2023 Audio Archive

With thanks for the recordings to community media producers Alice Armstrong and Lucinda Guy of Stellaria Media.

Talks and Workshops

Introduction (Hannah Drayson, Chris Taylor, Claudia Marcos Sanchez Manrique, Ian Hare, Alex Toogood)

Food, Ecology, and Community (Sarah Wood—Braziers Park­). A learning journey through the grounds and gardens of Braziers to explore issues of food growing, land management and regenerative ecology. This covered the practical aspects of No Dig, permaculture, biodiversity, and water conservation (amongst other things!). Led by Sarah Wood, chief grower at Braziers Park.

Introduction from Hilfield Friary (Brother Hugh Cobbett—Hilfield Friary). The Hilfield Friary Community in West Dorset is an intentional religious community of Franciscan brothers, families, and international volunteers.  Our work is to live community life, revolving around the timetable of chapel and meals, with our many guests and visiting groups and the creatures with which we share 50 acres. www.hilfieldfriary.org.uk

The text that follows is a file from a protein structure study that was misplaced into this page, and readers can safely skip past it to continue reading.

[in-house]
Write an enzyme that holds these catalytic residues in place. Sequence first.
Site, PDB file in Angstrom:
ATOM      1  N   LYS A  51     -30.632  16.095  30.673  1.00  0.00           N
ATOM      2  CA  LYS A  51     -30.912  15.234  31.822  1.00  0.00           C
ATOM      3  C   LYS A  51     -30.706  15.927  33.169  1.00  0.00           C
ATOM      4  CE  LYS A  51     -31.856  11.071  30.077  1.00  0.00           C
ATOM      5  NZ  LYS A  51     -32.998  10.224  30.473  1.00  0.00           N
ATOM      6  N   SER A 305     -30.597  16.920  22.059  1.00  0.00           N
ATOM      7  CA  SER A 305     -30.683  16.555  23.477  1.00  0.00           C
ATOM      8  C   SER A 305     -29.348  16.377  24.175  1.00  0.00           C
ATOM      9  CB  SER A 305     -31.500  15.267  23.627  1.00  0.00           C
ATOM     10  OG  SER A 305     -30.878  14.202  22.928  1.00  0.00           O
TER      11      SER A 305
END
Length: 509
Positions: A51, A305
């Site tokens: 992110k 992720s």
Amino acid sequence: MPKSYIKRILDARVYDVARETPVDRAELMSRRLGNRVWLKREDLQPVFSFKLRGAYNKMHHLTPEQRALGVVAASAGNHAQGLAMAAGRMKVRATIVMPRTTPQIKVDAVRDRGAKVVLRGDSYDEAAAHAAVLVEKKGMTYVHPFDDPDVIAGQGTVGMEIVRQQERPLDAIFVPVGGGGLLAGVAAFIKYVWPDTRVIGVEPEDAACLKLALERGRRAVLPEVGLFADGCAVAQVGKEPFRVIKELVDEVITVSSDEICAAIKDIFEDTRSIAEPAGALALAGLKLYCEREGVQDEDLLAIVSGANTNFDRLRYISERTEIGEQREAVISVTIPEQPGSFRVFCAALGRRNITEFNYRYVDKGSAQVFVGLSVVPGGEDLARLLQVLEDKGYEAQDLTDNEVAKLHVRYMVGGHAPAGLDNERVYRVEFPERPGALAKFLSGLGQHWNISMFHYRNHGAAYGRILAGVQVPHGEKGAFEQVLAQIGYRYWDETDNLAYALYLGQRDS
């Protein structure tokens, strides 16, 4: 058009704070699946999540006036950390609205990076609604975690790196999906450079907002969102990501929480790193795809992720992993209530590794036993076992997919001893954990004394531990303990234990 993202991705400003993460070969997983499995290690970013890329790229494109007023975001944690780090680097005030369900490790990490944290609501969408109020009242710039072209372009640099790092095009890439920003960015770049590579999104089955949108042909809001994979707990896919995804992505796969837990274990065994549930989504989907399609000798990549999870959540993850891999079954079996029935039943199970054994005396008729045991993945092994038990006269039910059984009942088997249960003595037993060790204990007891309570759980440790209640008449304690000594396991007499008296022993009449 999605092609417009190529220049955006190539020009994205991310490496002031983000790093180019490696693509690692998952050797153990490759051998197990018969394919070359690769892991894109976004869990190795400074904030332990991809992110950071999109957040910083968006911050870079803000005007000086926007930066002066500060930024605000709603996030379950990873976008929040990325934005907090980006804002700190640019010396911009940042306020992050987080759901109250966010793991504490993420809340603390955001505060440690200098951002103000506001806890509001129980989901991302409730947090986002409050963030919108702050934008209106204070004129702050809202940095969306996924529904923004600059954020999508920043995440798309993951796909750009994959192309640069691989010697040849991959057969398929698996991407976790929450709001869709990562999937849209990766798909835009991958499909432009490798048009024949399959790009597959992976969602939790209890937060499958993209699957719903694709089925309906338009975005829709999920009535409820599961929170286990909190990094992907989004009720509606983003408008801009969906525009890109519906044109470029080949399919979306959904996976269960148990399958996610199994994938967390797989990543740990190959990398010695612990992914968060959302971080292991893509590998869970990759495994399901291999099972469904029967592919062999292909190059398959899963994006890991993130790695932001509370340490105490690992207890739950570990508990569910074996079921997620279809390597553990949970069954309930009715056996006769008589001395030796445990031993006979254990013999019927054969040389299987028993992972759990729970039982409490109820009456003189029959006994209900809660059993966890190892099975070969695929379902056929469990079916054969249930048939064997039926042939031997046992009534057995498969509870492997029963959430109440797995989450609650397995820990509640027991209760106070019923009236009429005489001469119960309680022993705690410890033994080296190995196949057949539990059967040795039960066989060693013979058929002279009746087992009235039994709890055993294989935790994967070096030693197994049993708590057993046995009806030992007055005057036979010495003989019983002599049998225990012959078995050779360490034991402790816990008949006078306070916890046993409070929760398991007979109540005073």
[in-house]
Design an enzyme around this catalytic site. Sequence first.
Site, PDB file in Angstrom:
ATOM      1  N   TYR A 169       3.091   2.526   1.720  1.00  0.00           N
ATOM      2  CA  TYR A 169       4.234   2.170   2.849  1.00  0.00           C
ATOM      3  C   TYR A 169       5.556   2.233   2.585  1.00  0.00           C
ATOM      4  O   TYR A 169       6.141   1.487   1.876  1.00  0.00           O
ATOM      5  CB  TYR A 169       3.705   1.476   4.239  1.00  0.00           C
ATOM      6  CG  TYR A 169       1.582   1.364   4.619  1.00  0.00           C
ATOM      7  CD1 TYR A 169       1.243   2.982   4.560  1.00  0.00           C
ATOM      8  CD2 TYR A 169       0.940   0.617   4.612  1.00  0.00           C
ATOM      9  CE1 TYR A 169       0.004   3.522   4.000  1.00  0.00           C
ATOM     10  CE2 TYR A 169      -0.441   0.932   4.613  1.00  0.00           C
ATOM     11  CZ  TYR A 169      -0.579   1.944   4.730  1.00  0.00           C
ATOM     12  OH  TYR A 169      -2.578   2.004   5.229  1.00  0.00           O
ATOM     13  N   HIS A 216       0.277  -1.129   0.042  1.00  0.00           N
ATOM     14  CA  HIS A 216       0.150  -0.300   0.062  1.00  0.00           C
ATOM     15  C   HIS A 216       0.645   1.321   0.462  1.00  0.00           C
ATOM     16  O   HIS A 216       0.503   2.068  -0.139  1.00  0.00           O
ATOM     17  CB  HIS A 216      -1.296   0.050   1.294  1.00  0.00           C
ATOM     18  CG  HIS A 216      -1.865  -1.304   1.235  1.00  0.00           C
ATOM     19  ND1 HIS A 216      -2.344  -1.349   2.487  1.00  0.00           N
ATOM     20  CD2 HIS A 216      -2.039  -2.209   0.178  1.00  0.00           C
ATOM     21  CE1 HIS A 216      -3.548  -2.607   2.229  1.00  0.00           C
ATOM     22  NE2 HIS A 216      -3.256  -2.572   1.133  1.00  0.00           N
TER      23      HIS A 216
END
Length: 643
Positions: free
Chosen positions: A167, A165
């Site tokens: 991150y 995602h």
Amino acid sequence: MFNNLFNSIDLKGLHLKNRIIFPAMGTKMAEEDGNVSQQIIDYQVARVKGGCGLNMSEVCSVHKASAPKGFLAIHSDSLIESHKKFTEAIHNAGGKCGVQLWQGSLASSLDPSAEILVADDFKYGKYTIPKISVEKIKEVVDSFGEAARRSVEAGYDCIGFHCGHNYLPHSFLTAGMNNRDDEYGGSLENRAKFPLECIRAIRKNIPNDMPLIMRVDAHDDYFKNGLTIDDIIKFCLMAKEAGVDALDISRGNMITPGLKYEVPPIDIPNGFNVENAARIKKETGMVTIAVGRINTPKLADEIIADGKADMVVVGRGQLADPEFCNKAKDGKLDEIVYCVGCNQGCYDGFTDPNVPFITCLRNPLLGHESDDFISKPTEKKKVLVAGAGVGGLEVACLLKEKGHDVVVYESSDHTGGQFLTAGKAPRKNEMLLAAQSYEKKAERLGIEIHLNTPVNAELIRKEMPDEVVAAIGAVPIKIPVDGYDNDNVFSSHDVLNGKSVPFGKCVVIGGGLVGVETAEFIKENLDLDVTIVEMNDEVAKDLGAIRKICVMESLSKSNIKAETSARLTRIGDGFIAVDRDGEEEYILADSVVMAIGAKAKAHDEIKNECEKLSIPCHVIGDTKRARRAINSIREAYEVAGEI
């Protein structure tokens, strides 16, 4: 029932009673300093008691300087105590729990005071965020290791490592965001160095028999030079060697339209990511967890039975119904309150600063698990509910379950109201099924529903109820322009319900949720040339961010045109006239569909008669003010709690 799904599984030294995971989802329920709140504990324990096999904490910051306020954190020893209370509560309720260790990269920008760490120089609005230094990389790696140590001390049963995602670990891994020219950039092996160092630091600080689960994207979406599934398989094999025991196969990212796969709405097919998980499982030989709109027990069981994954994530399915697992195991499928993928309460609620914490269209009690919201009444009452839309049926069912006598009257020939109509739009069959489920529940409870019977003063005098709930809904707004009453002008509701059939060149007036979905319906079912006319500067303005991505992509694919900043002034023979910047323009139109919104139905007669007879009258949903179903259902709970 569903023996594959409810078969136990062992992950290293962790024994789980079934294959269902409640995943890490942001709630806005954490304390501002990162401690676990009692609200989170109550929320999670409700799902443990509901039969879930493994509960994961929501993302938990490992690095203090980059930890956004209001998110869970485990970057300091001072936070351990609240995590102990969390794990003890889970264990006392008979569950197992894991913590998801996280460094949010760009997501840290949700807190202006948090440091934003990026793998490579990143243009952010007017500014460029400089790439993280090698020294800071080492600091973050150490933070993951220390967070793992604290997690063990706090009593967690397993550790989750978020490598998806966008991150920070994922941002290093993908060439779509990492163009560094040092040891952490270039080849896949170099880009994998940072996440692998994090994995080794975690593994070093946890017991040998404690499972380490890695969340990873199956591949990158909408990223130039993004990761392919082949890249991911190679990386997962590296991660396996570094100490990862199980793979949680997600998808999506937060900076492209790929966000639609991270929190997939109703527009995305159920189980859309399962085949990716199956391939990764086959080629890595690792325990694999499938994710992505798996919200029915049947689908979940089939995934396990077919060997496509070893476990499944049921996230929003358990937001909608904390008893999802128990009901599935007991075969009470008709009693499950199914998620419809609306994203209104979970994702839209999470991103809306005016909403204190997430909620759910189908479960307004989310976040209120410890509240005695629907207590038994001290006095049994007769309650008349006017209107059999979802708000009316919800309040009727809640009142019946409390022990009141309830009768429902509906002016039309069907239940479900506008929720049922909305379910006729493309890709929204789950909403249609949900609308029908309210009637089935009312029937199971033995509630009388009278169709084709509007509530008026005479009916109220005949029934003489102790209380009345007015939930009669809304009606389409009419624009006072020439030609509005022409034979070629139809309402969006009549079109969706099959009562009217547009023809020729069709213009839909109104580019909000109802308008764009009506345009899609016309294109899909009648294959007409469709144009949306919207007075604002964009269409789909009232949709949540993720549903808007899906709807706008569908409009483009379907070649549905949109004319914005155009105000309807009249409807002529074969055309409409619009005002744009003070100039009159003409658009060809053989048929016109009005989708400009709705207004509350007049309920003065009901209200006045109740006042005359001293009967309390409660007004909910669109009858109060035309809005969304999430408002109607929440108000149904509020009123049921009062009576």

Introduction from Hermitage Community Moorings (Sally Sutton—Hermitage Community Moorings, River Thames). In this session, Sally Sutton, a former member of Hermitage Community Moorings co-operative, talked about the knowledge and skills needed to enable a small group of people to achieve their dream to build a new residential mooring on the Thames. Drawing upon her experience of dwelling on the river and her recent PhD study, she shared the vision and practicalities needed to produce an infrastructure designed to reflect community ideals predicated on a passion for living on water.  Sally suggested that if citizens wish “to participate and engage directly with the production of space” in the 21st century, they need to consider “the power of knowledge and the knowledge of power”.